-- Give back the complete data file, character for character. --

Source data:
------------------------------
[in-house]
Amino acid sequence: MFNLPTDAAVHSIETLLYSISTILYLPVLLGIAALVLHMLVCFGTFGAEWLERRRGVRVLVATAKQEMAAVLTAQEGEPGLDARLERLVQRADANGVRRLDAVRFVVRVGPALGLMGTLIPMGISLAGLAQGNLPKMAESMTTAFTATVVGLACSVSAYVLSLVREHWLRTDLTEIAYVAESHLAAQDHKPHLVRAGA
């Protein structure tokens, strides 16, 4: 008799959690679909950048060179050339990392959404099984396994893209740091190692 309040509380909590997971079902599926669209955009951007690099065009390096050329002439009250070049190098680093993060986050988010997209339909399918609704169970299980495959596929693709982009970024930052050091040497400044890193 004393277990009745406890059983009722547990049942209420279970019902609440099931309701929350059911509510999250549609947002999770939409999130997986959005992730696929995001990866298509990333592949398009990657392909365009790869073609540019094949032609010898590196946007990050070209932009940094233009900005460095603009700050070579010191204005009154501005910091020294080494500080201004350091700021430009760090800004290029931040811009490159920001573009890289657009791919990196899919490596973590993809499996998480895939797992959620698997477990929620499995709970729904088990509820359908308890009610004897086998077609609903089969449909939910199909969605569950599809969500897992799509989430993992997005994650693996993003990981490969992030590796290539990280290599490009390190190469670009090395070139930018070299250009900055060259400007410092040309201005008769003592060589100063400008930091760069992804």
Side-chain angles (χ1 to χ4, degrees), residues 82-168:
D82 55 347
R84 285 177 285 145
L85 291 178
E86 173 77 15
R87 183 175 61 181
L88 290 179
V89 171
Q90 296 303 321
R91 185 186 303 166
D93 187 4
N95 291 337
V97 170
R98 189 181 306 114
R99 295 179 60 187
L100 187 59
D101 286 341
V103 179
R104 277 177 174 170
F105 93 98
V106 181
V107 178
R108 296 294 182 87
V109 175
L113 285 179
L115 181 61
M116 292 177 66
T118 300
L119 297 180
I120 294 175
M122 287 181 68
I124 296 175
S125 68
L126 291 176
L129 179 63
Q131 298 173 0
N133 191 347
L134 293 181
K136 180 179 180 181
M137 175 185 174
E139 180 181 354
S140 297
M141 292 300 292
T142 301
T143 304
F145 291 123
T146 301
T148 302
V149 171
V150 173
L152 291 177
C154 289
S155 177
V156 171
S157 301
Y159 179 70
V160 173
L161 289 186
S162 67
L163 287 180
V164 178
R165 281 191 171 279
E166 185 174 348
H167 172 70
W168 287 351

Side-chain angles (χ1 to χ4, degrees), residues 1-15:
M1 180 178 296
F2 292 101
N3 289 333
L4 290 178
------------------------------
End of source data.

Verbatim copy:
[in-house]
Amino acid sequence: MFNLPTDAAVHSIETLLYSISTILYLPVLLGIAALVLHMLVCFGTFGAEWLERRRGVRVLVATAKQEMAAVLTAQEGEPGLDARLERLVQRADANGVRRLDAVRFVVRVGPALGLMGTLIPMGISLAGLAQGNLPKMAESMTTAFTATVVGLACSVSAYVLSLVREHWLRTDLTEIAYVAESHLAAQDHKPHLVRAGA
């Protein structure tokens, strides 16, 4: 008799959690679909950048060179050339990392959404099984396994893209740091190692 309040509380909590997971079902599926669209955009951007690099065009390096050329002439009250070049190098680093993060986050988010997209339909399918609704169970299980495959596929693709982009970024930052050091040497400044890193 004393277990009745406890059983009722547990049942209420279970019902609440099931309701929350059911509510999250549609947002999770939409999130997986959005992730696929995001990866298509990333592949398009990657392909365009790869073609540019094949032609010898590196946007990050070209932009940094233009900005460095603009700050070579010191204005009154501005910091020294080494500080201004350091700021430009760090800004290029931040811009490159920001573009890289657009791919990196899919490596973590993809499996998480895939797992959620698997477990929620499995709970729904088990509820359908308890009610004897086998077609609903089969449909939910199909969605569950599809969500897992799509989430993992997005994650693996993003990981490969992030590796290539990280290599490009390190190469670009090395070139930018070299250009900055060259400007410092040309201005008769003592060589100063400008930091760069992804």
Side-chain angles (χ1 to χ4, degrees), residues 82-168:
D82 55 347
R84 285 177 285 145
L85 291 178
E86 173 77 15
R87 183 175 61 181
L88 290 179
V89 171
Q90 296 303 321
R91 185 186 303 166
D93 187 4
N95 291 337
V97 170
R98 189 181 306 114
R99 295 179 60 187
L100 187 59
D101 286 341
V103 179
R104 277 177 174 170
F105 93 98
V106 181
V107 178
R108 296 294 182 87
V109 175
L113 285 179
L115 181 61
M116 292 177 66
T118 300
L119 297 180
I120 294 175
M122 287 181 68
I124 296 175
S125 68
L126 291 176
L129 179 63
Q131 298 173 0
N133 191 347
L134 293 181
K136 180 179 180 181
M137 175 185 174
E139 180 181 354
S140 297
M141 292 300 292
T142 301
T143 304
F145 291 123
T146 301
T148 302
V149 171
V150 173
L152 291 177
C154 289
S155 177
V156 171
S157 301
Y159 179 70
V160 173
L161 289 186
S162 67
L163 287 180
V164 178
R165 281 191 171 279
E166 185 174 348
H167 172 70
W168 287 351

Side-chain angles (χ1 to χ4, degrees), residues 1-15:
M1 180 178 296
F2 292 101
N3 289 333
L4 290 178